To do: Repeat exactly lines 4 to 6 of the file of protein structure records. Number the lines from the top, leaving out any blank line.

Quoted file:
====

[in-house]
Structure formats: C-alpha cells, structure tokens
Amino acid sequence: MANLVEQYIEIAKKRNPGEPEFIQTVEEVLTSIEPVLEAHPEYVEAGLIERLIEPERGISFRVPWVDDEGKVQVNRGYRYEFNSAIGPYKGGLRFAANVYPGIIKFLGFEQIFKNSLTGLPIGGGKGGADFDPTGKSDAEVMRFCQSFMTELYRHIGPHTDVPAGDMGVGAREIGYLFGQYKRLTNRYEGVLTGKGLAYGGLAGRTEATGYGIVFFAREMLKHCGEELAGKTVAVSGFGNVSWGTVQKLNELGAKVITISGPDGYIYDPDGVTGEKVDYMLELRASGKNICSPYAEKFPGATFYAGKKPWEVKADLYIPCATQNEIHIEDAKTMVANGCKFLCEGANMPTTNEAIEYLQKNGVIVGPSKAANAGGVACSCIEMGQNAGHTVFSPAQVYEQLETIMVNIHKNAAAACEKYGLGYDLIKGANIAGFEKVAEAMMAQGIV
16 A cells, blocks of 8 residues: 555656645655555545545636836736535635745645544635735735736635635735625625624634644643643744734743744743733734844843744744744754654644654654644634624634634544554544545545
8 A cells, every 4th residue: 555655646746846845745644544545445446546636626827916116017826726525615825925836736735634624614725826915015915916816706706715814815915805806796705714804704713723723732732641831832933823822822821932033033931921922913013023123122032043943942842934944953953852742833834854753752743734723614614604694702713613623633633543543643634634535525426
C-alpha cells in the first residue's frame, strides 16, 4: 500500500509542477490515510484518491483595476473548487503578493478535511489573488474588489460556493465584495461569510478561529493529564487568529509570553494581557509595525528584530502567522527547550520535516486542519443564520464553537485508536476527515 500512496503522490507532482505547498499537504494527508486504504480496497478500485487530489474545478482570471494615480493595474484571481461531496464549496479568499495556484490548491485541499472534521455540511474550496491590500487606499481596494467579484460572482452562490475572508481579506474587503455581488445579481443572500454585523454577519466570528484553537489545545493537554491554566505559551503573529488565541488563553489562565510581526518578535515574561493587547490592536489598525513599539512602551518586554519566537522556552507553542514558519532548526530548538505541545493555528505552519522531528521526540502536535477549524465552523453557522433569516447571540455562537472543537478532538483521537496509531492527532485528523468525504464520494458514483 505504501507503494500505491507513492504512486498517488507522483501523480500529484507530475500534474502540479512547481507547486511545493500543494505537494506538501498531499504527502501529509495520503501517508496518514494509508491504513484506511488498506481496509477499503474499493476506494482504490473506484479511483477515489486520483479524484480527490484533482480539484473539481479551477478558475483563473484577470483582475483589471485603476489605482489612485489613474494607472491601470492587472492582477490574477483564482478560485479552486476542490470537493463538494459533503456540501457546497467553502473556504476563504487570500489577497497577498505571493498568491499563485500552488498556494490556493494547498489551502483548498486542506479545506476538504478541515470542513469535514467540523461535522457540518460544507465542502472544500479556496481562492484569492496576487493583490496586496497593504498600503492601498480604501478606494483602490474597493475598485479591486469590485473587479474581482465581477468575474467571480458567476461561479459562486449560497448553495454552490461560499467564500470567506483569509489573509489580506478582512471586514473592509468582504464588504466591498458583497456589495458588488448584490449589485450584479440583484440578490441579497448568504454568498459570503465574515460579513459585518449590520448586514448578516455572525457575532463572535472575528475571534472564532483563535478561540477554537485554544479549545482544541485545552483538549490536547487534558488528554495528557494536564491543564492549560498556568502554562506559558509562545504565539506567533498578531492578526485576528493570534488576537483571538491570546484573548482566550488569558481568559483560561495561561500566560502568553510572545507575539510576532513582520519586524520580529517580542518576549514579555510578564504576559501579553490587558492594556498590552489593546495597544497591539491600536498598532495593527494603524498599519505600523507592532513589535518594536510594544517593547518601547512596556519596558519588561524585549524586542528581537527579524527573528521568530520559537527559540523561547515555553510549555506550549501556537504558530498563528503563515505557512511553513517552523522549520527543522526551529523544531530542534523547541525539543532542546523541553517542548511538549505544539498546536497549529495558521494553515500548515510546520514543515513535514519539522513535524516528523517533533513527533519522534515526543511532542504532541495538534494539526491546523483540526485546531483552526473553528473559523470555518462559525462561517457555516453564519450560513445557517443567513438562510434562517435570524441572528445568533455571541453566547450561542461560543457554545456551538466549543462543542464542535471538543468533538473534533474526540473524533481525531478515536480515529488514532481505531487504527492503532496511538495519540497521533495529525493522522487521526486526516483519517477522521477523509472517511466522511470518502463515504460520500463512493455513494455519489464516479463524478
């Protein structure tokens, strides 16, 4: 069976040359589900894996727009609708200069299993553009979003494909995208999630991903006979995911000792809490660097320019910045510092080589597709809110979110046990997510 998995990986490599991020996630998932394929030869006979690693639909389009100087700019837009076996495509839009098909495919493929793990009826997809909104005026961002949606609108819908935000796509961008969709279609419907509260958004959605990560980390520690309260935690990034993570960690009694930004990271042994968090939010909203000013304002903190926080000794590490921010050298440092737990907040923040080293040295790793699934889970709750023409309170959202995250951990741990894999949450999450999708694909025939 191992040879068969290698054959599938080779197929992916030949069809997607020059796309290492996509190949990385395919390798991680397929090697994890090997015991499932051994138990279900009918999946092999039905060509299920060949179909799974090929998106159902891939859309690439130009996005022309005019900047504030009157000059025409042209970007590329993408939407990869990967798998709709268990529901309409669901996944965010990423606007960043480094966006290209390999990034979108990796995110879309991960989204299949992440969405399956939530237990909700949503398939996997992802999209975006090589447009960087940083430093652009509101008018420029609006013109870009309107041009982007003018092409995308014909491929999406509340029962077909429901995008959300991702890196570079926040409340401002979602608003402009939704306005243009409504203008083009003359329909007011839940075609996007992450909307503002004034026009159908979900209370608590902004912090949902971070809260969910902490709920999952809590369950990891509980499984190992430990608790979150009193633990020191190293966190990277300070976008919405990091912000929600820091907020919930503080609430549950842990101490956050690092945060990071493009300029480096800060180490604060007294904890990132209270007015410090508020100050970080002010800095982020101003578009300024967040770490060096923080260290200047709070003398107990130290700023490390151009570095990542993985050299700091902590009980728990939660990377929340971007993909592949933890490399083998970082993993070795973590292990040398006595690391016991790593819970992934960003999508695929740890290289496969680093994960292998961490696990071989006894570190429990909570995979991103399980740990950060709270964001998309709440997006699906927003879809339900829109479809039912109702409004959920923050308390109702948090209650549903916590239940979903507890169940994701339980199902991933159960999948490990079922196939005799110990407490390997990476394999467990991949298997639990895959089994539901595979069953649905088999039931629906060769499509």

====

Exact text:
16 A cells, blocks of 8 residues: 555656645655555545545636836736535635745645544635735735736635635735625625624634644643643744734743744743733734844843744744744754654644654654644634624634634544554544545545
8 A cells, every 4th residue: 555655646746846845745644544545445446546636626827916116017826726525615825925836736735634624614725826915015915916816706706715814815915805806796705714804704713723723732732641831832933823822822821932033033931921922913013023123122032043943942842934944953953852742833834854753752743734723614614604694702713613623633633543543643634634535525426
C-alpha cells in the first residue's frame, strides 16, 4: 500500500509542477490515510484518491483595476473548487503578493478535511489573488474588489460556493465584495461569510478561529493529564487568529509570553494581557509595525528584530502567522527547550520535516486542519443564520464553537485508536476527515 500512496503522490507532482505547498499537504494527508486504504480496497478500485487530489474545478482570471494615480493595474484571481461531496464549496479568499495556484490548491485541499472534521455540511474550496491590500487606499481596494467579484460572482452562490475572508481579506474587503455581488445579481443572500454585523454577519466570528484553537489545545493537554491554566505559551503573529488565541488563553489562565510581526518578535515574561493587547490592536489598525513599539512602551518586554519566537522556552507553542514558519532548526530548538505541545493555528505552519522531528521526540502536535477549524465552523453557522433569516447571540455562537472543537478532538483521537496509531492527532485528523468525504464520494458514483 505504501507503494500505491507513492504512486498517488507522483501523480500529484507530475500534474502540479512547481507547486511545493500543494505537494506538501498531499504527502501529509495520503501517508496518514494509508491504513484506511488498506481496509477499503474499493476506494482504490473506484479511483477515489486520483479524484480527490484533482480539484473539481479551477478558475483563473484577470483582475483589471485603476489605482489612485489613474494607472491601470492587472492582477490574477483564482478560485479552486476542490470537493463538494459533503456540501457546497467553502473556504476563504487570500489577497497577498505571493498568491499563485500552488498556494490556493494547498489551502483548498486542506479545506476538504478541515470542513469535514467540523461535522457540518460544507465542502472544500479556496481562492484569492496576487493583490496586496497593504498600503492601498480604501478606494483602490474597493475598485479591486469590485473587479474581482465581477468575474467571480458567476461561479459562486449560497448553495454552490461560499467564500470567506483569509489573509489580506478582512471586514473592509468582504464588504466591498458583497456589495458588488448584490449589485450584479440583484440578490441579497448568504454568498459570503465574515460579513459585518449590520448586514448578516455572525457575532463572535472575528475571534472564532483563535478561540477554537485554544479549545482544541485545552483538549490536547487534558488528554495528557494536564491543564492549560498556568502554562506559558509562545504565539506567533498578531492578526485576528493570534488576537483571538491570546484573548482566550488569558481568559483560561495561561500566560502568553510572545507575539510576532513582520519586524520580529517580542518576549514579555510578564504576559501579553490587558492594556498590552489593546495597544497591539491600536498598532495593527494603524498599519505600523507592532513589535518594536510594544517593547518601547512596556519596558519588561524585549524586542528581537527579524527573528521568530520559537527559540523561547515555553510549555506550549501556537504558530498563528503563515505557512511553513517552523522549520527543522526551529523544531530542534523547541525539543532542546523541553517542548511538549505544539498546536497549529495558521494553515500548515510546520514543515513535514519539522513535524516528523517533533513527533519522534515526543511532542504532541495538534494539526491546523483540526485546531483552526473553528473559523470555518462559525462561517457555516453564519450560513445557517443567513438562510434562517435570524441572528445568533455571541453566547450561542461560543457554545456551538466549543462543542464542535471538543468533538473534533474526540473524533481525531478515536480515529488514532481505531487504527492503532496511538495519540497521533495529525493522522487521526486526516483519517477522521477523509472517511466522511470518502463515504460520500463512493455513494455519489464516479463524478